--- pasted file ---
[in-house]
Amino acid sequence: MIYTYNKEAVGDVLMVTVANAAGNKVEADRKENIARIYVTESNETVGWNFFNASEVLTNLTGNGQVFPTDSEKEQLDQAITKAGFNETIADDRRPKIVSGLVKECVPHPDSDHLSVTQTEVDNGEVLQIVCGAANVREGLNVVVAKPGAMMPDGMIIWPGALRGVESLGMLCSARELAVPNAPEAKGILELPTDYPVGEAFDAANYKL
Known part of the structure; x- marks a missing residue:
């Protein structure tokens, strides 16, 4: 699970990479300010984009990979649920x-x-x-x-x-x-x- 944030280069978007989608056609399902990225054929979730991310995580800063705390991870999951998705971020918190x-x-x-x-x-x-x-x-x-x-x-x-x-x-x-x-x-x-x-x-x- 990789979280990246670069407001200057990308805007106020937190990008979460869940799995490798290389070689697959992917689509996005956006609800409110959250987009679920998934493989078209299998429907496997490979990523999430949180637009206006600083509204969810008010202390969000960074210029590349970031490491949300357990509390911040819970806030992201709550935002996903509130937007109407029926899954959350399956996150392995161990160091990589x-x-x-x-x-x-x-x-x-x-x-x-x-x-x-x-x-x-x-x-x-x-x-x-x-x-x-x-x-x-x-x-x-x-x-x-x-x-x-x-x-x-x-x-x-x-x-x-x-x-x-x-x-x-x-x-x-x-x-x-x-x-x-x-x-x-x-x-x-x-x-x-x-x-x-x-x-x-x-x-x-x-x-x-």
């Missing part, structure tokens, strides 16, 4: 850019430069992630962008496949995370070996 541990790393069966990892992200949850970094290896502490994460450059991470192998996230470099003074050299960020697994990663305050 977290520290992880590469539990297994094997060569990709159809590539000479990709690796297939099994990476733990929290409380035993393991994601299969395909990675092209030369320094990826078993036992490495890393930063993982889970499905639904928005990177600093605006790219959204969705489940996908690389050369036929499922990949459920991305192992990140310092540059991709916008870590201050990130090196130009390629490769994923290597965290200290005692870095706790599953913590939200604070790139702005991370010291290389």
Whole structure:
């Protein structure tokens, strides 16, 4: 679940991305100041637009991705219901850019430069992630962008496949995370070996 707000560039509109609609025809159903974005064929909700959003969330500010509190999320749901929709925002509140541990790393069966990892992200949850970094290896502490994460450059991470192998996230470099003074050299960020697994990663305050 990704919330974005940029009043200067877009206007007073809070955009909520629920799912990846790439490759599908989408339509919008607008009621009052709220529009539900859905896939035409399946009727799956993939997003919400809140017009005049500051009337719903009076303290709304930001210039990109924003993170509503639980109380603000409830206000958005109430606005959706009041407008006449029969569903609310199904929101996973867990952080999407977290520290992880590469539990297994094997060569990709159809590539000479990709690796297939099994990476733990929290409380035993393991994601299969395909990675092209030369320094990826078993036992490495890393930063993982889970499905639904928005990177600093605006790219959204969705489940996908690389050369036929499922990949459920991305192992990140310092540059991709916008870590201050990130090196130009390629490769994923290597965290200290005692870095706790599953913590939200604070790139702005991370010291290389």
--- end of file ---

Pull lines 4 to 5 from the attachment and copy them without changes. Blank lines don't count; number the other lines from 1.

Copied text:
């Protein structure tokens, strides 16, 4: 699970990479300010984009990979649920x-x-x-x-x-x-x- 944030280069978007989608056609399902990225054929979730991310995580800063705390991870999951998705971020918190x-x-x-x-x-x-x-x-x-x-x-x-x-x-x-x-x-x-x-x-x- 990789979280990246670069407001200057990308805007106020937190990008979460869940799995490798290389070689697959992917689509996005956006609800409110959250987009679920998934493989078209299998429907496997490979990523999430949180637009206006600083509204969810008010202390969000960074210029590349970031490491949300357990509390911040819970806030992201709550935002996903509130937007109407029926899954959350399956996150392995161990160091990589x-x-x-x-x-x-x-x-x-x-x-x-x-x-x-x-x-x-x-x-x-x-x-x-x-x-x-x-x-x-x-x-x-x-x-x-x-x-x-x-x-x-x-x-x-x-x-x-x-x-x-x-x-x-x-x-x-x-x-x-x-x-x-x-x-x-x-x-x-x-x-x-x-x-x-x-x-x-x-x-x-x-x-x-």
């Missing part, structure tokens, strides 16, 4: 850019430069992630962008496949995370070996 541990790393069966990892992200949850970094290896502490994460450059991470192998996230470099003074050299960020697994990663305050 977290520290992880590469539990297994094997060569990709159809590539000479990709690796297939099994990476733990929290409380035993393991994601299969395909990675092209030369320094990826078993036992490495890393930063993982889970499905639904928005990177600093605006790219959204969705489940996908690389050369036929499922990949459920991305192992990140310092540059991709916008870590201050990130090196130009390629490769994923290597965290200290005692870095706790599953913590939200604070790139702005991370010291290389």